[amsat-bb] Re: ISS Message Board

Gordon JC Pearce gordonjcp at gjcp.net
Wed Jul 27 15:01:19 PDT 2011

On Mon, 25 Jul 2011 19:30:50 -0400
Diane Bruce <db at db.net> wrote:

> On Mon, Jul 25, 2011 at 03:43:03PM -0700, Ted wrote:
> > Curious..
> > 
> > If Gordon (always ready with a cheerful comment) is accurate, then what is
> > the purpose of the BBS? Also, Kevin is far from 'selfish'...he is just using
> The BBS is a side effect of the commercial equipment (Kenwood) they took
> up there.  Many of us do think it should be disabled.  

Time for a quick description, for those who may be less familiar with how packet BBSes work.

Many of us are running packet radio BBSes or even just mailboxes, on modern computing hardware.  Now this hardware with 16- and 32-bit processors running at clock speeds of over 100MHz, up to a megabyte or even more of RAM and maybe as much as a couple of gigabytes (that's 1024 megabytes) of mass storage is often capable of handling many simultaneous connections.  Users can send messages to each other directly or via mailboxes, while other users are simultaneously reading messages or browsing saved bulletins - perhaps as many as eight users at once!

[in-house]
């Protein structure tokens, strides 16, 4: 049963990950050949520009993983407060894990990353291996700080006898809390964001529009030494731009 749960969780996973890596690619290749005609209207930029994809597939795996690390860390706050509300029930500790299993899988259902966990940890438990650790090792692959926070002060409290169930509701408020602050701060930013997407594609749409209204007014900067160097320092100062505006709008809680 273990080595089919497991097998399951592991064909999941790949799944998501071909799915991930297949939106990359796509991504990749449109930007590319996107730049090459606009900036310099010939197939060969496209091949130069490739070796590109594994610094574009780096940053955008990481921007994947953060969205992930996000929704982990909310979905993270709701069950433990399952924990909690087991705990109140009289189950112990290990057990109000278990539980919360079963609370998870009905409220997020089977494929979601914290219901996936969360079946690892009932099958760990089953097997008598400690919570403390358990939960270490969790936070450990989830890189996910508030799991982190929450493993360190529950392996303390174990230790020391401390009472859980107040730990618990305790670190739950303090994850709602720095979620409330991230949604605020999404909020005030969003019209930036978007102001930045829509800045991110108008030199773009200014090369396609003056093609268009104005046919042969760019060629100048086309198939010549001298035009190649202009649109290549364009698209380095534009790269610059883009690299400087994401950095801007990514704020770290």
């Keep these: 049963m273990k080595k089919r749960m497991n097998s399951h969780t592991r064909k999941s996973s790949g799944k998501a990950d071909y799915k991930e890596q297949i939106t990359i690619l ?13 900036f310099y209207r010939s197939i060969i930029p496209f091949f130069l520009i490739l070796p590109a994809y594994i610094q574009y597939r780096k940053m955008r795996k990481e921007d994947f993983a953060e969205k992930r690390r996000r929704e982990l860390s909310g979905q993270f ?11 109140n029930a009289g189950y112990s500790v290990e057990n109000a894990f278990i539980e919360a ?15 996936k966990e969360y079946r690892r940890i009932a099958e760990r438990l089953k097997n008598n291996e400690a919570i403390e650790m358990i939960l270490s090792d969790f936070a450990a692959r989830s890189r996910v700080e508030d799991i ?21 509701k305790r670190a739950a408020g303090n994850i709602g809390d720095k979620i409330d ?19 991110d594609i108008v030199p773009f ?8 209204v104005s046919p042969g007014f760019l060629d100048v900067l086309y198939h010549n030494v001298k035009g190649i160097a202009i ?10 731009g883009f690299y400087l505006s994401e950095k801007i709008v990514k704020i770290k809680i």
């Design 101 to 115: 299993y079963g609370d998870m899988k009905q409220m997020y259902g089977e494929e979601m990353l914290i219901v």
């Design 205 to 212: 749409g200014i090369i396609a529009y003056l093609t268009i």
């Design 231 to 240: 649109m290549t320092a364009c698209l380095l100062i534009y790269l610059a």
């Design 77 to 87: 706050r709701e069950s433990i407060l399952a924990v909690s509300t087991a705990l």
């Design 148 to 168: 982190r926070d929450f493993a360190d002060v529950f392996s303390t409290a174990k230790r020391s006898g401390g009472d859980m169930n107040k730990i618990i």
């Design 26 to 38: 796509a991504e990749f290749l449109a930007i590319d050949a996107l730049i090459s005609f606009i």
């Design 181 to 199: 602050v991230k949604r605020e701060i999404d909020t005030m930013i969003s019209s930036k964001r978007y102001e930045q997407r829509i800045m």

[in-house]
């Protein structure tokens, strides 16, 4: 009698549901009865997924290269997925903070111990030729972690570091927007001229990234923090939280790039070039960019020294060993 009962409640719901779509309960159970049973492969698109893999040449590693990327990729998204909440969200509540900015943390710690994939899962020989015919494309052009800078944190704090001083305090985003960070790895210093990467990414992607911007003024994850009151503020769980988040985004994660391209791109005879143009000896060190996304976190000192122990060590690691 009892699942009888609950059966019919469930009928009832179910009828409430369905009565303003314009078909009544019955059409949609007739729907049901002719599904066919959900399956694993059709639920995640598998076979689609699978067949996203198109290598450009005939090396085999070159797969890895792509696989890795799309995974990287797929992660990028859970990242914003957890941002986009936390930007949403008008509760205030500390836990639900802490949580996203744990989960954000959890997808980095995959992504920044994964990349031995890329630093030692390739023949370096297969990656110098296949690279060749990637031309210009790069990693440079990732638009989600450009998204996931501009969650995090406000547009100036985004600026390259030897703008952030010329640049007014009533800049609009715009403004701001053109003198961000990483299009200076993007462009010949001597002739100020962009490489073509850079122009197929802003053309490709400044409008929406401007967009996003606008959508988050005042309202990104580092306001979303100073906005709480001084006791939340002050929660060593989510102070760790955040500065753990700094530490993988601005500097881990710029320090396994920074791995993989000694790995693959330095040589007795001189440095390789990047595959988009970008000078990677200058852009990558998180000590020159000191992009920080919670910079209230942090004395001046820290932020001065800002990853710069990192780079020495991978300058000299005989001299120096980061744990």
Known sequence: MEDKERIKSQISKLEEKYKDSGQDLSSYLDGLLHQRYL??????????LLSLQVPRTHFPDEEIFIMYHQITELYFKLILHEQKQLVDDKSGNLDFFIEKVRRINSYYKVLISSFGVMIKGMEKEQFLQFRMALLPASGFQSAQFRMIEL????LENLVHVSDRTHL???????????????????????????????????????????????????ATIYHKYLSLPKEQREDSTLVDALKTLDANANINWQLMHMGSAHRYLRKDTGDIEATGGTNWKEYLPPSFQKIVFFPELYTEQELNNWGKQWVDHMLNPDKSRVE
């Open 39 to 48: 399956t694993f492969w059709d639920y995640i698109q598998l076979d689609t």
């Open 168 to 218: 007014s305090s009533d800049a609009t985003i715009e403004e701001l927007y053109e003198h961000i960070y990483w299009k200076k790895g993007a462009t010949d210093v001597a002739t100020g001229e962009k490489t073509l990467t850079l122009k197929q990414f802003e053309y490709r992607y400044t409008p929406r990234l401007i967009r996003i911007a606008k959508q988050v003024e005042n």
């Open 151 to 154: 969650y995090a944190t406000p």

By comparison, the 8-bit 4MHz microprocessors used in most normal TNCs can really only cope with a single connection at a time.  Once someone is in connected mode, everything else gets rejected.  Some of the more modern TNCs can accept very large amounts of RAM (the KPC-3 can have 32 kilobytes), but most have much less than that.  The TNCs built into radios tend to be fairly simpleminded beasts, with crude firmware and very little RAM for storing messages and connections.

The UI packets, on the other hand, are merely received and, if they are valid, repeated (almost verbatim) a moment later.  There is a slight modification to the header to indicate that they've been through a digipeater, but the message content remains unmodified.  Since the TNC has no need to track any state for these packets - UI is not a connected mode - then it can handle digipeating packets for any stations it can hear.

> > the available resources. Helpful education is far more useful than lame name
> It's the way Gordon is, he's a nice chap online (on IRC). Don't take it 
> the wrong way. The pair of you should go have a beer together or something.
> He's just a typical dour direct Scot, but he will drink you under the table. ;-)

Thanks, that's the nicest thing anyone's said all day.

Gordon JC Pearce <gordonjcp at gjcp.net>

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